The Cuban experience now looks to me like an even more impressive success story, showing purely human intelligence coping with a seriously life-threatening situation at nation-state scale.
By empowering communities to build sustainable local food systems – including new models based on cooperation for the common good – policymakers will be helping to build local economic resilience and taking action to combat climate change and biodiversity loss.
It is often claimed that half of the global food supply is made possible by the use of chemical fertilizers, but is it true that we will starve if all farms in the world were organic?
The Sustainable Food Trust (SFT) takes issue with a recent study undertaken in Germany and cited in an article by Damien Carrington in the Guardian newspaper under the headline ‘Organic meat production just as bad for climate, study finds’.
Right now, farming with toxic pesticides is the norm. But, for the health of all people from farm to table, we need to create a food system where organic is for all. The solution is here—we just have to grow it.
As organic agriculture is the fastest growing agricultural sector—the majority of new farmers are choosing to farm using organic practices and organic farm management offers a long list of environmental benefits—I am hopeful Congress will incorporate Farm Bill policies that allow for continued and supported growth of the industry.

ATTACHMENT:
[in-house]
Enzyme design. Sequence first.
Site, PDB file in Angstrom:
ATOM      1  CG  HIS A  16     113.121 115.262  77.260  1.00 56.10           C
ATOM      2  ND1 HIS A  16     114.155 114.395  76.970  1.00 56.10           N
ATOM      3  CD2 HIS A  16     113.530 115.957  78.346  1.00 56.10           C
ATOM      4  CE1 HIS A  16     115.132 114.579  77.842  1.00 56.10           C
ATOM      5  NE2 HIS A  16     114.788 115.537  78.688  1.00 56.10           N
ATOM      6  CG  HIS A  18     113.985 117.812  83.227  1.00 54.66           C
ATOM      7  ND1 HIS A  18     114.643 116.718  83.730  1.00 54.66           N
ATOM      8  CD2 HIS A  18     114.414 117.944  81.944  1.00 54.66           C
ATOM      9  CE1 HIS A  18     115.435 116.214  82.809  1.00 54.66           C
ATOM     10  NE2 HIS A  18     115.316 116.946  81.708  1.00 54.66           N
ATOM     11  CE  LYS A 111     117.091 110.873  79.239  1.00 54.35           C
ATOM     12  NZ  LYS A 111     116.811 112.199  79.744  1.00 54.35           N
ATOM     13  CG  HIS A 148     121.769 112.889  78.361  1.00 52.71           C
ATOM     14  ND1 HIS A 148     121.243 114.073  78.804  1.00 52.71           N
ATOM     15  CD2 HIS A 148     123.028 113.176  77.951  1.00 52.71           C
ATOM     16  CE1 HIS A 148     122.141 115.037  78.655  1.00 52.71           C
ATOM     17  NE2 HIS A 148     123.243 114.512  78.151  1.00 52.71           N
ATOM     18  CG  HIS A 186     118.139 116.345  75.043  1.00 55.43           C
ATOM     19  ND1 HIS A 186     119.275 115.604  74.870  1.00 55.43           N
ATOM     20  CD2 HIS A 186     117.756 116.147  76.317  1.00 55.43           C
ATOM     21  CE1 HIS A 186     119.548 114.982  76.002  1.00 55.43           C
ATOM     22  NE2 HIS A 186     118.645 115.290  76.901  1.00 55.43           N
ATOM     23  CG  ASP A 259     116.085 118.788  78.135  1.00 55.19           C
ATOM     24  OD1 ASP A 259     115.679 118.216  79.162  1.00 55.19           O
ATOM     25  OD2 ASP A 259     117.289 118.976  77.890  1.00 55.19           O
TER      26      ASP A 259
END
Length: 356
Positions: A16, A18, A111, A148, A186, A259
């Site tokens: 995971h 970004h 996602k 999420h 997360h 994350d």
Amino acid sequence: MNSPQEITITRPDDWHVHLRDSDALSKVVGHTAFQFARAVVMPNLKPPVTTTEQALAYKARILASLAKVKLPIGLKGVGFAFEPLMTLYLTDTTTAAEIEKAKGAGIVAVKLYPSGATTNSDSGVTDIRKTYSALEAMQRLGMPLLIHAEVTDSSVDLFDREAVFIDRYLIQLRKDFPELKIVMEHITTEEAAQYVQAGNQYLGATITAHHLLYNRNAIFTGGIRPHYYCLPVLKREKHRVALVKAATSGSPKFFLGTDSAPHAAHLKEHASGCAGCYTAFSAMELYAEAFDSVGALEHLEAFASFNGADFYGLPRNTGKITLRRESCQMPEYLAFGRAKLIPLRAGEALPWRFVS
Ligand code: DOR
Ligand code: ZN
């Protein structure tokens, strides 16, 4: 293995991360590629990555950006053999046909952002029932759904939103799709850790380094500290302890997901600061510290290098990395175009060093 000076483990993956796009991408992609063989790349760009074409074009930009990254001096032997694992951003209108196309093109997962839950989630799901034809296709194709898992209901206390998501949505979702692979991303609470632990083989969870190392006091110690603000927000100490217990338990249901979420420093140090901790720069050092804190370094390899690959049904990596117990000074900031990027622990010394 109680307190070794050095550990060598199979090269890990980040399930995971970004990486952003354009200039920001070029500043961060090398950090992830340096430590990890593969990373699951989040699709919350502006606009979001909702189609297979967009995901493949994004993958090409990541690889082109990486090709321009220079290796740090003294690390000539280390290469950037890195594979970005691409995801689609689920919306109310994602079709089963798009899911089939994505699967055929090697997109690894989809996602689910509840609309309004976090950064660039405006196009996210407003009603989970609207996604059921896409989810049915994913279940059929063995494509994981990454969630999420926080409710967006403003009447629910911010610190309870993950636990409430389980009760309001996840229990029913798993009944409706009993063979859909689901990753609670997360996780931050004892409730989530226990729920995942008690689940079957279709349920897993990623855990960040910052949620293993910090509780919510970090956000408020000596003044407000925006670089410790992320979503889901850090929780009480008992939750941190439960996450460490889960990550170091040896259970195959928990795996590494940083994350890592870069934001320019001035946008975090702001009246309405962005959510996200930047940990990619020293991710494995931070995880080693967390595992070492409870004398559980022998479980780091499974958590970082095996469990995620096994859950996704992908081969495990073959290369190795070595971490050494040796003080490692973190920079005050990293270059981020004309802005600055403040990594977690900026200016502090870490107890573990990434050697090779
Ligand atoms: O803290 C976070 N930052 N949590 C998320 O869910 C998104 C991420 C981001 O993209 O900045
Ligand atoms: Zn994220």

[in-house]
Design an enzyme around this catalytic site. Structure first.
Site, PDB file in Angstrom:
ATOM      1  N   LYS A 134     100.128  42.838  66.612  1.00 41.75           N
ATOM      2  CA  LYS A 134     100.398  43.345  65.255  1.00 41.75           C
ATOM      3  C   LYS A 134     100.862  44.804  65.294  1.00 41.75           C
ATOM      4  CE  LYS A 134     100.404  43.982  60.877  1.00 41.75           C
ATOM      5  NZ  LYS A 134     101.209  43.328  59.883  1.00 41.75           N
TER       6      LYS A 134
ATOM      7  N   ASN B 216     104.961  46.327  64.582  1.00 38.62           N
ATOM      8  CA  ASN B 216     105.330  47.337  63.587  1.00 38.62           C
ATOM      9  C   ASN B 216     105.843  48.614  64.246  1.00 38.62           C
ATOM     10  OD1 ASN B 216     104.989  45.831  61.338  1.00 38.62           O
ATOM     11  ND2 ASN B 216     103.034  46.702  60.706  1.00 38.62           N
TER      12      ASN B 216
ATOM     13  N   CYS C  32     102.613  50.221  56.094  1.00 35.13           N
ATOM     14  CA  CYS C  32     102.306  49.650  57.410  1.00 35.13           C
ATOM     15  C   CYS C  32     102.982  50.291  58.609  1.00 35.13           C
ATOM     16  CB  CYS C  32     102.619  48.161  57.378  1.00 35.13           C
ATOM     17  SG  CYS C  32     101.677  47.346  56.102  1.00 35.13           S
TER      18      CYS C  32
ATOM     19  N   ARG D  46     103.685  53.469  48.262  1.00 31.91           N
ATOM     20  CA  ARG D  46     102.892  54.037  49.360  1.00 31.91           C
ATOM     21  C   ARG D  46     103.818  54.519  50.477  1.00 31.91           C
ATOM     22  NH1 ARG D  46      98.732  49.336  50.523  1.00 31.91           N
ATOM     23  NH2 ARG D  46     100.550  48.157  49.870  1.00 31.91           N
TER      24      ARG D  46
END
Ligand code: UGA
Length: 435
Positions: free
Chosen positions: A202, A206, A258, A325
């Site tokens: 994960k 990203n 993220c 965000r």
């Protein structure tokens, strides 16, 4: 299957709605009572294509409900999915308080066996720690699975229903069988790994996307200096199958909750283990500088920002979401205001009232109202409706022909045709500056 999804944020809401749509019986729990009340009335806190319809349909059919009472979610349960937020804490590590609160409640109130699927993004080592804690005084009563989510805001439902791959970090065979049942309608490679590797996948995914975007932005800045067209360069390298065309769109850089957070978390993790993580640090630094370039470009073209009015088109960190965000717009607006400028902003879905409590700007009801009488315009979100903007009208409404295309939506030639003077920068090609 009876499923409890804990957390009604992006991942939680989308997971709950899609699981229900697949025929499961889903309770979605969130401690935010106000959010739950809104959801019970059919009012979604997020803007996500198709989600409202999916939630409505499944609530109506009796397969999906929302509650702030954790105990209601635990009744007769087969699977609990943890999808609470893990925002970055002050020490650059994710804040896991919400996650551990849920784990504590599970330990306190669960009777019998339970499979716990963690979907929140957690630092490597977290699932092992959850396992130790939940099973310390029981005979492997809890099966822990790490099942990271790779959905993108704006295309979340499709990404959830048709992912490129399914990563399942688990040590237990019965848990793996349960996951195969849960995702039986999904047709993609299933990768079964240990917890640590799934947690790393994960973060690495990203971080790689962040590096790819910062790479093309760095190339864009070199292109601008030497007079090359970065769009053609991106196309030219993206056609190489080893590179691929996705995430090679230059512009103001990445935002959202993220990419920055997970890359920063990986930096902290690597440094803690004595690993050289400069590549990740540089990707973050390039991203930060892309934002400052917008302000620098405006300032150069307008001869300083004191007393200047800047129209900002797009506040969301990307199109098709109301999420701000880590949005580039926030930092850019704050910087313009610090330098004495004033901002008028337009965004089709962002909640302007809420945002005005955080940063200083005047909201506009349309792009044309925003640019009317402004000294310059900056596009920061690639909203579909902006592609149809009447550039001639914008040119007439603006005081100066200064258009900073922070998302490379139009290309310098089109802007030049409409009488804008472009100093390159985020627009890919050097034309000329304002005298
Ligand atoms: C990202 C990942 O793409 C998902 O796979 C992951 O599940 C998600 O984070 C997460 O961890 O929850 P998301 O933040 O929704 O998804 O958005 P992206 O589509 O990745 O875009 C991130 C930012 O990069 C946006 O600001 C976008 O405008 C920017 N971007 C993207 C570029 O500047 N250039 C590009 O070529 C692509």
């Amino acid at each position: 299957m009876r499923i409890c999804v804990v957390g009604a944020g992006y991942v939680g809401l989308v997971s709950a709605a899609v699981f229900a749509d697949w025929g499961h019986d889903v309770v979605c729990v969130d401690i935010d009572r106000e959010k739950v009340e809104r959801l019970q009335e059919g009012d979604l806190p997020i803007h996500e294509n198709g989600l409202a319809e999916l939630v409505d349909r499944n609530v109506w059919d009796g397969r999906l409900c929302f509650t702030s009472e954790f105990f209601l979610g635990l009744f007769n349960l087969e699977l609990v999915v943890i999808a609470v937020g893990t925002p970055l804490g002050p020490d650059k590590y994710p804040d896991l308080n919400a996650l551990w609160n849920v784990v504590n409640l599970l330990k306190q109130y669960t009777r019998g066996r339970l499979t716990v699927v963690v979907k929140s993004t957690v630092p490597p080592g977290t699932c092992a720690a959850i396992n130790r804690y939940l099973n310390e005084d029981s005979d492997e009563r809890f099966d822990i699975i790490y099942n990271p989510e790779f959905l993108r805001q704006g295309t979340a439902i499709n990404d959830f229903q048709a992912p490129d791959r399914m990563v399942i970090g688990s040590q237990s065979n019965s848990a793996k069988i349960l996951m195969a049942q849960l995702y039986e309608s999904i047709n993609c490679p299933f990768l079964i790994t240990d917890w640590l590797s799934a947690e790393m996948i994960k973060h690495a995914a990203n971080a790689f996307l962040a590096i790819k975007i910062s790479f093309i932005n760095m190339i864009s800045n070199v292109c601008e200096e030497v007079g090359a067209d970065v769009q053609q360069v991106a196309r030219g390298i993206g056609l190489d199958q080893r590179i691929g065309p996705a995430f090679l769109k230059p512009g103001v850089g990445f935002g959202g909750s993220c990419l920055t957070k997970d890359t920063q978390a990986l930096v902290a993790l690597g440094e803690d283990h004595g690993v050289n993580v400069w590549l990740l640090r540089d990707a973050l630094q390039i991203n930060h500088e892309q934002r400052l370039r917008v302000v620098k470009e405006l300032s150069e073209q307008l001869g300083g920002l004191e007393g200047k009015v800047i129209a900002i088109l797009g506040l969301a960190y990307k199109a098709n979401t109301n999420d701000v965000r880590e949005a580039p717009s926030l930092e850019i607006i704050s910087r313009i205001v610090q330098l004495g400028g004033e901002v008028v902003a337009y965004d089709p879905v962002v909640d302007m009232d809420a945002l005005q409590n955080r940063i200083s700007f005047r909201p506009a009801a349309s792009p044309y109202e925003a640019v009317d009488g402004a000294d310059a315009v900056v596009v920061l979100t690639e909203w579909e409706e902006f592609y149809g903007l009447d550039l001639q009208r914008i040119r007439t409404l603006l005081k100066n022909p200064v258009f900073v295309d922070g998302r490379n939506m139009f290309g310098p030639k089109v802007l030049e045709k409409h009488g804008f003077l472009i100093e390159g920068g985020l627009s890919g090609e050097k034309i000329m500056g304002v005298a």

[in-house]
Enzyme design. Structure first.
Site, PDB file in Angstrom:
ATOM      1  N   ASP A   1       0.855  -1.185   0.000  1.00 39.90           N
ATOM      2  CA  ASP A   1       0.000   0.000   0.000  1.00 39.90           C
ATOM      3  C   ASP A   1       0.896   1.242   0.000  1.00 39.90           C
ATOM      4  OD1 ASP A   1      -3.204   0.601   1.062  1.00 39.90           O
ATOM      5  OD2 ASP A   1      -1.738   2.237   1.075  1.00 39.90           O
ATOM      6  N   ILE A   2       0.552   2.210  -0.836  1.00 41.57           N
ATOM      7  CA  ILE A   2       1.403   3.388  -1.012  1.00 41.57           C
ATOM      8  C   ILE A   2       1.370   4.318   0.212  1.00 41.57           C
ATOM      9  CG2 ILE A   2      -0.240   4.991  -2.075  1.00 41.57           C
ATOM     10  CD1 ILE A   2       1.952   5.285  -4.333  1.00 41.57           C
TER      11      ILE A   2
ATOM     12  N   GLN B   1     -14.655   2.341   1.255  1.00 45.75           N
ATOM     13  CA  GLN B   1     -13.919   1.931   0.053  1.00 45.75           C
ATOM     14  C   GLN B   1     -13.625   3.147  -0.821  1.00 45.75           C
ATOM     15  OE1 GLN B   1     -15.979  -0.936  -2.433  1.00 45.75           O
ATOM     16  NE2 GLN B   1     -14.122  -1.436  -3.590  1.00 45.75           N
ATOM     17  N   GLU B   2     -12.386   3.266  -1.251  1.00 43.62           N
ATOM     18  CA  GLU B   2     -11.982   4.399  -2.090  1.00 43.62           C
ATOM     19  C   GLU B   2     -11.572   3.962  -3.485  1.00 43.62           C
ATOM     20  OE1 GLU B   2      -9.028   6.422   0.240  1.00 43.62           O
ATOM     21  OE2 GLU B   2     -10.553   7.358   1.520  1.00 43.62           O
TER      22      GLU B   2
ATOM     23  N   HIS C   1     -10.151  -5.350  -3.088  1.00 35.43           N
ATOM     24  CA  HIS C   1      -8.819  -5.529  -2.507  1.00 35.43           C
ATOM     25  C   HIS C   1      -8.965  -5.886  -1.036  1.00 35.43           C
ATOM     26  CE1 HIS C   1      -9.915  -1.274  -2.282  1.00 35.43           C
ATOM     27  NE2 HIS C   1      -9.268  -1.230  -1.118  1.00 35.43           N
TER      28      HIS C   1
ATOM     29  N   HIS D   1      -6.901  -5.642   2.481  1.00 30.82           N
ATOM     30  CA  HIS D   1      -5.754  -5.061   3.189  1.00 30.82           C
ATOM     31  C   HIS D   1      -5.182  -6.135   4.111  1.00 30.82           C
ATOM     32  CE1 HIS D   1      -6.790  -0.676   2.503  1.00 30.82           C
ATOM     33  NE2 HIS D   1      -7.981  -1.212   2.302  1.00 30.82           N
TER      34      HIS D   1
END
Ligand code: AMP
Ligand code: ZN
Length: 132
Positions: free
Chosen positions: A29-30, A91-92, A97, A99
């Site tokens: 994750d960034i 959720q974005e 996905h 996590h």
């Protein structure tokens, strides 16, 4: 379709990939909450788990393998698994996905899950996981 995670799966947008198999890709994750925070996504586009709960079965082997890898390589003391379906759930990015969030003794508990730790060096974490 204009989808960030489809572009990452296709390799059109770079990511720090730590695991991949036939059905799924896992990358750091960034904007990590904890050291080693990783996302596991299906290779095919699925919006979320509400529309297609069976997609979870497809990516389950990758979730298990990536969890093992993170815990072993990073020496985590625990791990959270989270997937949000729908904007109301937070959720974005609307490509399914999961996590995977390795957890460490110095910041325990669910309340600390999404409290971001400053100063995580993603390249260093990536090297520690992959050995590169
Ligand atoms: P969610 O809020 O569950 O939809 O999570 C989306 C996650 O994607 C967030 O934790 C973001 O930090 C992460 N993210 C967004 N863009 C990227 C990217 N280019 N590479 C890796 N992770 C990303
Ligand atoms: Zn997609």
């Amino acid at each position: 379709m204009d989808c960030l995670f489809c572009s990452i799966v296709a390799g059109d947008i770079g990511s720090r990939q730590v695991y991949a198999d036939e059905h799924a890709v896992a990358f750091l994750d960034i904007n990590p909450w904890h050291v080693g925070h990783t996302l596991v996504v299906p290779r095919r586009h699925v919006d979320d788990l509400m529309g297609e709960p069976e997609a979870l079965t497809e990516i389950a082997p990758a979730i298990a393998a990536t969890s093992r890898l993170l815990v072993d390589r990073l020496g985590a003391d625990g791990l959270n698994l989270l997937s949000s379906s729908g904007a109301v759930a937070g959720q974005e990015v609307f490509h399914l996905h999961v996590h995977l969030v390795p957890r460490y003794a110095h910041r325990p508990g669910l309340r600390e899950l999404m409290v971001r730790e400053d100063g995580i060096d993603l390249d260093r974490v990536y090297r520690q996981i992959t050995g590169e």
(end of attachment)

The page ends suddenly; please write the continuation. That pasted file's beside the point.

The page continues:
It is possible to feed more than 9 billion people with organic production methods with a small increase in the required crop acreage and with decreased greenhouse gas emission. But this assumes considerable reduction in food wastage and in the quantities of feed grown to animals.
Organic agriculture can feed the world. The only question thereby being what “feeding the world” may mean. Today, it basically means high shares of animal products in diets and that a third of production is wasted. Projections for 2050 look similar. Does this make sense? No. And this is the entry point for organic agriculture to play a role in sustainable food systems and for contributing to food security.
Industrial Hemp is being grown in North Carolina for the first time in nearly 80 years. For the land, its farmers, and its people, this is good. The first — to our knowledge — organic variety trial of the crop in the state, this hemp trial has set ground in Northeastern North Carolina next to a field of fresh tobacco.
Organic, regenerative farming is a very important counter narrative to the eco-modernist narrative of GMOs, lab meats and vertical hydroponic farms, where the ideal is a food production that is land-less, sweat-less and dirt-less. In the end it is also soul-less, culture-less and human-less.
Jairo describes industrial agriculture as a ‘dishonest agriculture’ robbing us of our health and proposes an alternative productive approach harnessing the power of biological mineral ferments which will allow all of us to grow cheap organic food through enhanced photosynthesis – by Harvesting the Sun.
It is possible to produce enough food to feed a growing population without another tree being felled, according to new research. But there’s a catch.